- Subject index
All researchers want to produce interesting and influential theories. A key step in all theory development is formulating innovative research questions that will result in interesting and significant research.
Traditional textbooks on research methods tend to ignore, or gloss over, actual ways of constructing research questions. In this text, Alvesson and Sandberg develop a problematization methodology for identifying and challenging the assumptions underlying existing theories and for generating research questions that can lead to more interesting and influential theories, using examples from across the social sciences. Established methods of generating research questions in the social sciences tend to focus on ‘gap-spotting’, which means that existing literature remains largely unchallenged. The authors show the dangers of conventional approaches, providing detailed ideas for how one can work through ...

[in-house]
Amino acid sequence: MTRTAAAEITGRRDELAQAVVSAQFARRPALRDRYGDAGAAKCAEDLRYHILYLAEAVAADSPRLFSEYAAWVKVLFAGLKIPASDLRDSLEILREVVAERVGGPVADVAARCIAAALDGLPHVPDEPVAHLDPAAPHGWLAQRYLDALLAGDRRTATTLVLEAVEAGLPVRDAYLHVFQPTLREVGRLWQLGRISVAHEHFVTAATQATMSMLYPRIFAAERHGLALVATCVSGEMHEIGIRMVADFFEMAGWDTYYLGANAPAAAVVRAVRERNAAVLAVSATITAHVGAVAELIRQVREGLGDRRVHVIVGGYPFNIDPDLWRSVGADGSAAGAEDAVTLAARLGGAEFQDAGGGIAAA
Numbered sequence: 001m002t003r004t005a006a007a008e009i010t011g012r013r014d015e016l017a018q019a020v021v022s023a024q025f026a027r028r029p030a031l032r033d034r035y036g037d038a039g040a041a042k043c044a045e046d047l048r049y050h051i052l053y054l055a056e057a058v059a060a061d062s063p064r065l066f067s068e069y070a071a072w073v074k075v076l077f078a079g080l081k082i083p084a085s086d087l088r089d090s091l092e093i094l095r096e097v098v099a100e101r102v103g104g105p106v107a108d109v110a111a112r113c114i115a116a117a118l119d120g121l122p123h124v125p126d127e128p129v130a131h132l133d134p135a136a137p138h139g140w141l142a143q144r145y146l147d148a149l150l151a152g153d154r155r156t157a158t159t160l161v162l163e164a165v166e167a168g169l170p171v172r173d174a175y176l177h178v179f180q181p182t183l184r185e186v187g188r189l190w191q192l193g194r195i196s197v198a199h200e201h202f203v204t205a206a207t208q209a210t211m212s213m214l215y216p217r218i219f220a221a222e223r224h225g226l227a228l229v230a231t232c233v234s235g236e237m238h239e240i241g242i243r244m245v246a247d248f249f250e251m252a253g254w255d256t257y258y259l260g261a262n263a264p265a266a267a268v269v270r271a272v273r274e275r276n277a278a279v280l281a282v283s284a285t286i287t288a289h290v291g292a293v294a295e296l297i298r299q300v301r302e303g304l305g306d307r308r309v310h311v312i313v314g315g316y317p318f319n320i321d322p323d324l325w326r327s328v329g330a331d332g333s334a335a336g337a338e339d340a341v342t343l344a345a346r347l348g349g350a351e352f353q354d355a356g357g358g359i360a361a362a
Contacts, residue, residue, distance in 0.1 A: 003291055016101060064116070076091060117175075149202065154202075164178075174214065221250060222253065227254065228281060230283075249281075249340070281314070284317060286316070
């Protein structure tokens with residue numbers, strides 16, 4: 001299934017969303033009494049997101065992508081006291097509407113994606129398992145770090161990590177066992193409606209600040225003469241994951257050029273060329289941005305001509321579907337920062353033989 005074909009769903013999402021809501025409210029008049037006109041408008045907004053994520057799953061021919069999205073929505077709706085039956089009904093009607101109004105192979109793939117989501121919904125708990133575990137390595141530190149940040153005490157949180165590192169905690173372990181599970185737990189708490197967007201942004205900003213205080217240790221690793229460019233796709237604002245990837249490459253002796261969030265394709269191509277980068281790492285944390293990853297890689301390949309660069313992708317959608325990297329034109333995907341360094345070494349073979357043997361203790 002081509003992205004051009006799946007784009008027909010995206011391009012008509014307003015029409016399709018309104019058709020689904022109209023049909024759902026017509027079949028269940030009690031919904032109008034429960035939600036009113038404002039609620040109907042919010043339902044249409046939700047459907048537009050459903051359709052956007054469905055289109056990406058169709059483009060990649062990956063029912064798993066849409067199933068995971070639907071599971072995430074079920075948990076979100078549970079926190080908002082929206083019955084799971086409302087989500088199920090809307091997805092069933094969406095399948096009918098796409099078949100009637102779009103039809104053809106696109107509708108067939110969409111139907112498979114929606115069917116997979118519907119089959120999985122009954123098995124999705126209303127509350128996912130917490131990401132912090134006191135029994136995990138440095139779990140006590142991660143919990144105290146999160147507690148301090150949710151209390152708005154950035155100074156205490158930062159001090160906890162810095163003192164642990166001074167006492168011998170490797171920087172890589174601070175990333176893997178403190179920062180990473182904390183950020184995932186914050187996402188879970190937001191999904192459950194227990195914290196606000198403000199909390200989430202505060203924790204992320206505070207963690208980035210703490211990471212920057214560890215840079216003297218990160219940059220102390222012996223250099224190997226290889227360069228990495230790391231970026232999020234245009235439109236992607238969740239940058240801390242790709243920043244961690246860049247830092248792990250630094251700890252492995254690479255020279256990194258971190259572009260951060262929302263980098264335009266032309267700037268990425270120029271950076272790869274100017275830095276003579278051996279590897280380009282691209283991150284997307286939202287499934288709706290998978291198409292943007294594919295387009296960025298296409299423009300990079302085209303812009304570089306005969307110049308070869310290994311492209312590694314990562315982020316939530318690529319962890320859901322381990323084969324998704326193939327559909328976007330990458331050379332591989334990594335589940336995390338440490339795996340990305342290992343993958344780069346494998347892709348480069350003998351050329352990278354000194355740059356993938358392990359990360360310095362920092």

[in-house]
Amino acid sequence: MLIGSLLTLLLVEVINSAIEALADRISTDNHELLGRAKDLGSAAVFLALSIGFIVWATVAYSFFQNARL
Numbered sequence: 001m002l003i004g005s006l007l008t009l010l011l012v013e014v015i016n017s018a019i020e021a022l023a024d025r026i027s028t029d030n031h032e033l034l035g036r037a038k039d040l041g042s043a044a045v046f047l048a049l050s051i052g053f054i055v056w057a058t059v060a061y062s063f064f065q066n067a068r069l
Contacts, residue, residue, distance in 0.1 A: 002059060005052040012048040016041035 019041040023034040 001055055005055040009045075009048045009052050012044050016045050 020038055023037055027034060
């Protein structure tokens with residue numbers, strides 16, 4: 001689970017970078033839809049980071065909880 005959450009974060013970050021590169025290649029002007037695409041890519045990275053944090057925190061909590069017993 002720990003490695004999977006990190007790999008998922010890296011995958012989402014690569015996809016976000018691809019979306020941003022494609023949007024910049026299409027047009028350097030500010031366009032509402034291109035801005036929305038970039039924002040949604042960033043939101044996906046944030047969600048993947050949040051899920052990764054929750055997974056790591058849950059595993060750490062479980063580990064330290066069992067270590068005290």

Chapter 2: The Context of Constructing and Formulating Research Questions
The Context of Constructing and Formulating Research Questions
As we argued in Chapter 1, most standard textbooks on research methods in the social sciences do not discuss (Denzin and Lincoln, 2011; Freebody, 2003) or only barely discuss (Hesse-Biber and Leavy, 2011; Silverman, 2001) the actual ways of constructing and formulating research questions (a notable exception is White, 2009). Even less attention is given to how research questions are constructed from existing literature and practically nothing is written about how to construct innovative research questions that are likely to lead to the development of more interesting and influential theories.